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A quick check and I found mention that NASA is credited for 1400 inventions that have found their ways into our lives at home or in industry. Then there are national laboratories and the military scratching their collective noggins daily. There is plenty of evidence pointing to the idea that big oil and by extension Detroit are hindering advancements in EV production. Note that I did not say research because aside from battery improvements the rest of the technology is tried and true. See the RAV4-EV from about ten years ago. They are still on the road and most are still using their original NiMH batteries to go 100 miles+ with all the standard creature comforts. Chevron bought the NiMH patents from GM and then shelved them. We could have hybrid batteries but not EVs. I find it an advantage NOT to carry around a whole internal combustion engine like the Volt. Save the weight, cost and complexity and put in a couple more batteries. How far is your commute? Our's is less than ten miles and less than 60 miles. Listen - we either get our heads right on the idea of funding innovation and building green tech like EVs, solar and wind to supplement the internal combustion engine and coal power or we'll find ourselves buying yet more sh!t from China as they kick our backsides in yet ANOTHER category. We'll be busy debating who has the right to criticize our choice to drive pickups and SUVs when China quietly invades our markets with all their green tech and we'll miss out on the opportunity to buy stuff made in America that delivers American paychecks. I'm serious. The rest of the world is moving forward on green tech whether we like it or not. We have the opportunity to build our own or we'll find ourselves surrounded with more imported goods. America is like GM right now. We're sitting in the meeting room explaining to each other how we don't like some new market reality when we ought to be hiring some more engineers and working hard to get the best possible product to market RIGHT NOW. Instead we'll sit on our hands and watch some Asian company produce something that is better and lasts longer and makes a nice profit. Then we'll continue to sit around and talk about how much better our product is but we've missed the opportunity to prove it. We'll be playing catchup while losing customers. The US gov't ought to be funding the green tech research and also buying and installing it on gov't properties. A private citizen might argue that they don't want to invent in $40K worth of solar to put on a house they may not own in a decade but the gov't has alot of properties that they'll own far beyond the estimated 30-40 years lifespan of a solar system. In fact we don't even really know how long solar lasts because the 1970s solar panels are still putting out 80%+ of their original ratings. The gov't could certainly use EVs for mail delivery and other local trips.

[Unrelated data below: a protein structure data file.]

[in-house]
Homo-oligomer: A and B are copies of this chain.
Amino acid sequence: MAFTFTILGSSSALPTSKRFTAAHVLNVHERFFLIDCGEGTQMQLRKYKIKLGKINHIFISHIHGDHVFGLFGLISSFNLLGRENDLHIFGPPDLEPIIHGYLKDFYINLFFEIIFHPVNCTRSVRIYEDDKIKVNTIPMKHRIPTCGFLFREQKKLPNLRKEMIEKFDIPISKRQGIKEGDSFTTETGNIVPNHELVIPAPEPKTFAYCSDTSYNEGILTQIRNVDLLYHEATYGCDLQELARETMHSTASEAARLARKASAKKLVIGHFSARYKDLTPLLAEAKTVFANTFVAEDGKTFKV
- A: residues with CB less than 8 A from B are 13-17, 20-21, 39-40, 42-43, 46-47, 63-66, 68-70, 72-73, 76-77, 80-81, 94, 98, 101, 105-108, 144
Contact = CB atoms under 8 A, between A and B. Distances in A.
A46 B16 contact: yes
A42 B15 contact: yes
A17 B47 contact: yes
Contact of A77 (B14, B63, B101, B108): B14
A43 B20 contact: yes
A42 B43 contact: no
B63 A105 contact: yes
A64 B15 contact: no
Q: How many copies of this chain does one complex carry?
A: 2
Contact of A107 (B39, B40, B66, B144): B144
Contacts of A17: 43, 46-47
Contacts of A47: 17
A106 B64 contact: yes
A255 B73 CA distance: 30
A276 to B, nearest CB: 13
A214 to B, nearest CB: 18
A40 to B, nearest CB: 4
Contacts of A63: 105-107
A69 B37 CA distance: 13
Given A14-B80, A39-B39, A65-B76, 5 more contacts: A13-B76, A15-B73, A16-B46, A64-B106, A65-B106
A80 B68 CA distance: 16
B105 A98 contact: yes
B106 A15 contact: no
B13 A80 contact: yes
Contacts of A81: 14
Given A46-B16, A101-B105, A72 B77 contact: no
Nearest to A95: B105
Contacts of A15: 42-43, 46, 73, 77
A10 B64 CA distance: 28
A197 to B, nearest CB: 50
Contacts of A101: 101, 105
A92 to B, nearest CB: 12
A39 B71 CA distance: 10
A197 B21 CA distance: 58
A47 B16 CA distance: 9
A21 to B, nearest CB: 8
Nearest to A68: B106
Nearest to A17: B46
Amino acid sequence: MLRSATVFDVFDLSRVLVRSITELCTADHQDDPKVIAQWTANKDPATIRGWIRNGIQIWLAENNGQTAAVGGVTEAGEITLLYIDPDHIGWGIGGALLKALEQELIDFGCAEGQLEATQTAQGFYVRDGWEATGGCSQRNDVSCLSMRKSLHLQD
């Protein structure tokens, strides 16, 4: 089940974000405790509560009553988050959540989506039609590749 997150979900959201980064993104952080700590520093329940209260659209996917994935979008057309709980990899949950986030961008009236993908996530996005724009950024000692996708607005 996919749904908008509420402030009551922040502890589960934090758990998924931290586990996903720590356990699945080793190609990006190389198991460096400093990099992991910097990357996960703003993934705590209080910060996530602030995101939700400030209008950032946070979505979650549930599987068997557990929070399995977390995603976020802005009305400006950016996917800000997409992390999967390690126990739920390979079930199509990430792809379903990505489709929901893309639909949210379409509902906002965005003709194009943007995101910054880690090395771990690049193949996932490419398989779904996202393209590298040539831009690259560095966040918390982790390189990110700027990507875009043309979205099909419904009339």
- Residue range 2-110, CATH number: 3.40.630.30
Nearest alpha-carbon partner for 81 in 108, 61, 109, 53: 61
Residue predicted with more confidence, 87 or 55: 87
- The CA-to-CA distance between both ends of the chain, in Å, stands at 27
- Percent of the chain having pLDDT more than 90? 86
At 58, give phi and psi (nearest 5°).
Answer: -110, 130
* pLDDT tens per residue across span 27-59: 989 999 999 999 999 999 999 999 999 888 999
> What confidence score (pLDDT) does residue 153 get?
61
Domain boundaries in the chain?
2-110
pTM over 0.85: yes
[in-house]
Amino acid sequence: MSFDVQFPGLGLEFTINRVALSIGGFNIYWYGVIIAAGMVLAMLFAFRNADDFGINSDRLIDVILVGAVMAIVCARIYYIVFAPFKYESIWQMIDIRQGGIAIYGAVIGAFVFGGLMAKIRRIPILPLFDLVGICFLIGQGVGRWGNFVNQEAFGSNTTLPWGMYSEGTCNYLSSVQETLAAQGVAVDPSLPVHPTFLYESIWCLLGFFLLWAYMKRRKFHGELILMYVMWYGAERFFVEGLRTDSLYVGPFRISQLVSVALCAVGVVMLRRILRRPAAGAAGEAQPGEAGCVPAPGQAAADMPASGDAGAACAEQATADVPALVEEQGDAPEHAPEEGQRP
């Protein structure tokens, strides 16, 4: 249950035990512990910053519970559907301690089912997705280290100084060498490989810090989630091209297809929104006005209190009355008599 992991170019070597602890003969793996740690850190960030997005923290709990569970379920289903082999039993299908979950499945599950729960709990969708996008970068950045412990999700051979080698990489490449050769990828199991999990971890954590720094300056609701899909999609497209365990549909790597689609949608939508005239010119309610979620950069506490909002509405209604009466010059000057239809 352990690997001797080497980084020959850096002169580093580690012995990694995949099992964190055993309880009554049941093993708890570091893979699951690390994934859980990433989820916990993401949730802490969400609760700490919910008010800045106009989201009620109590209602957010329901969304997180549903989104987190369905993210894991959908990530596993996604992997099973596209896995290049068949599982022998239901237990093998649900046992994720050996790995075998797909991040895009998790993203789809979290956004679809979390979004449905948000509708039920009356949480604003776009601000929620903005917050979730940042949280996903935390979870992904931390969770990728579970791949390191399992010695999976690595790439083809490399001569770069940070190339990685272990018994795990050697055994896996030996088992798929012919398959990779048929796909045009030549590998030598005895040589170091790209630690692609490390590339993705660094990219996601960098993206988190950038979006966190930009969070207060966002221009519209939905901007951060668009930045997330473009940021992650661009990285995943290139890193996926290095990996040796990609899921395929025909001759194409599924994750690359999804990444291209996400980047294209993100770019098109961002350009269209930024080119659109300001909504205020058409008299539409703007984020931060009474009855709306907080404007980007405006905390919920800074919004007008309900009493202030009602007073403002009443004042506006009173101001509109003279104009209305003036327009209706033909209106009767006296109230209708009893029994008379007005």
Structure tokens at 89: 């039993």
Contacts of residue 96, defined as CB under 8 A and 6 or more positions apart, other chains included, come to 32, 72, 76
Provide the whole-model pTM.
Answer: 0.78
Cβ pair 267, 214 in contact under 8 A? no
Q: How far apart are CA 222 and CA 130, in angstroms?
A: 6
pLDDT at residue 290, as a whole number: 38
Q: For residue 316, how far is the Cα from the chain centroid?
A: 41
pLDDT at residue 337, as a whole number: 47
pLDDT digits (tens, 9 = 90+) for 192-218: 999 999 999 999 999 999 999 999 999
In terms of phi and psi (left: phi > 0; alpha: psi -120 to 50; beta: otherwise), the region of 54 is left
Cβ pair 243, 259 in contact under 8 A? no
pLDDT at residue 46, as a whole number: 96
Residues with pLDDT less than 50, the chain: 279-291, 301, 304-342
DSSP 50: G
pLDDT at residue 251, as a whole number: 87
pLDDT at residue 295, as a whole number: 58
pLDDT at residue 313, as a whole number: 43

Suggested for reposting: "A large part of the electric car projects are just a scam to get a certain group of VC's to control the lithium fields in Afghanistan! He who controls the electric cars controls the trillions of dollars of lithium revenues. It is just like oil all over again. The U.S. Department of Energy had one guy, who George Bush appointed running $25B worth of taxpayer money. He was working with 3 other guys in this small group who gave the money only to hooked n car companies who they could control the battery orders for and thus control the Lithium profits. Dmitry Medvedev Came to Silicon Valley on June 22, 2010 and met with some of the venture capital companies that helped lobby the leverage for the electric car companies that just got funded. Only the car companies got funded that would play in this scheme. Ener1 Battery Systems who got zillions of the dollars from DOE per the Loan Guarantee and ATVM Director Seward. Is controlled in part by Russian “business man” Boris Zingarevich. Who is best friends with the Russian Dmitry Medvedev, who arranged for all of Russia to extend current agreements signed with foreign automakers between 2005 and 2008 granting preferential duties on imported components for eight years in return for sourcing 30 percent of parts locally, according to the Industry and Trade Ministry. Once those arrangements expire, the carmakers would need to commit to buying 60 percent of components in Russia within six years to get more tax breaks. Dmitry also appears to own interest in lots of Lithium processing and mining company technology in Russia which is pretty close to Afghanistan. Afghanistan is: the "Saudi Arabia’ of lithium". American geologists have discovered huge mineral deposits (Many $1 trillion of dollars worth) throughout Afghanistan, according to the New York Times. Lithium, gold, cobalt, copper, iron, among other valuable minerals are lying beneath what is already a war-torn country with little history with mining. Off and on over the decades, geologists—Soviet, Afghan, American—would investigate and chart some of Afghanistan’s mineral wealth, only to put the work on hold as violent conflict erupted. Now, corruption, in-fighting between the central and district governments, foreign interests, and greater zeal from the Taliban might come into play to disrupt a potential economy evolving around these natural resources. With the Ministry of Mines, a Pentagon task force is now helping organize a way of handling the mineral development and bidding rights. How this unfolds socially, environmentally and politically should be interesting. The New York Times reports: The value of the newly discovered mineral deposits dwarfs the size of Afghanistan’s existing war-bedraggled economy, which is based largely on opium production and narcotics trafficking as well as aid from the United States and other industrialized countries. Afghanistan’s gross domestic product is only about $12 billion. The two most prevalent minerals are copper and iron. Niobium, used for making superconducting steel, has also been found. The effort to get that money for Ener1 was strong armed by Republican Sen. Richard G. Lugar, one of the deans of Congress, and his junior colleague, Democratic Sen. Evan Bayh. Richard Lugar and Lachlan Seward co-managed the Chrysler Bail-out. Lachlan Seward was appointed by George Bush to run all of the tens of billions for the DOE ATVM and Loan Guarantee Programs. He & Matt Rogers gave most of the money away to their closely aligned interests and negated competing applicants. -- Another place near Afghanistan that there is lot's of Lithium is in Mongolia. Blum Capital has targeted the Lithium fields in Mongolia, said to be the second largest fields after Afghanistan in the region. Mongolia touches Russia so mining and equipment access could first take place there via Russia. China wants the Mongolian Lithium too so there is some two-way bidding that each country (Russia and China) do not know about. The owner of Blum Capital is Senator Feinsteins husband. She recently made him the Goodwill Ambassador to Mongolia. Blum's wife, Senator Dianne Feinstein, has received scrutiny due to her husband's government contracts and extensive business dealings with China and her past votes on trade issues with the country. Blum has denied any wrongdoing, however. Critics have argued that business contracts with the US government awarded to a company (Perini) controlled by Blum may raise a potential conflict-of-interest issue with the voting and policy activities of his wife. URS Corp, which Blum had a substantial stake in, bought EG&G, a leading provider of technical services and management to the U.S. military, from The Carlyle Group in 2002; EG&G subsequently won a $600m defense contract. In 2009 it was reported that Blum's wife Sen. Dianne Feinstein introduced legislation to provide $25 billion in taxpayer money to the Federal Deposit Insurance Corp, a government agency that had recently awarded her husband's real estate firm, CB Richard Ellis, what the Washington Times called "a lucrative contract to sell foreclosed properties at compensation rates higher than the industry norms. Pan American Lithium Corp is led by Andrew Brodkey, CEO, President and Director – who has 25 years in the mining industry as a mining engineer, lawyer and senior executive with a focus on corporate legal and business development activities at major mining companies with an emphasis on Latin America, including Magma Copper Company and BHP Copper Inc. Mr. Brodkey also created the International Mining & Metals Group of CB Richard Ellis, Inc (“CBRE”). He and Mr. Blum work together on Lithium deals " In 2009 the University of California Board of Regents, of which Blum is a member, voted to increase student registration fees (roughly the Univ. of California equivalent of tuition) by 32%. Shortly thereafter, Blum Capital Partners purchased additional stock in ITT Tech, a for-profit educational institution. These events suggest a conflict of interest on Blum's part. Also see: http://la.indymedia.org/news/2010/09/242044.php and http://www.floppingaces.net/2007/04/02/the-silence-on-the-feinstein-c/ and http://www.washingtontimes.com/news/2009/apr/21/senate-husbands-firm-cashes-in-on-crisis/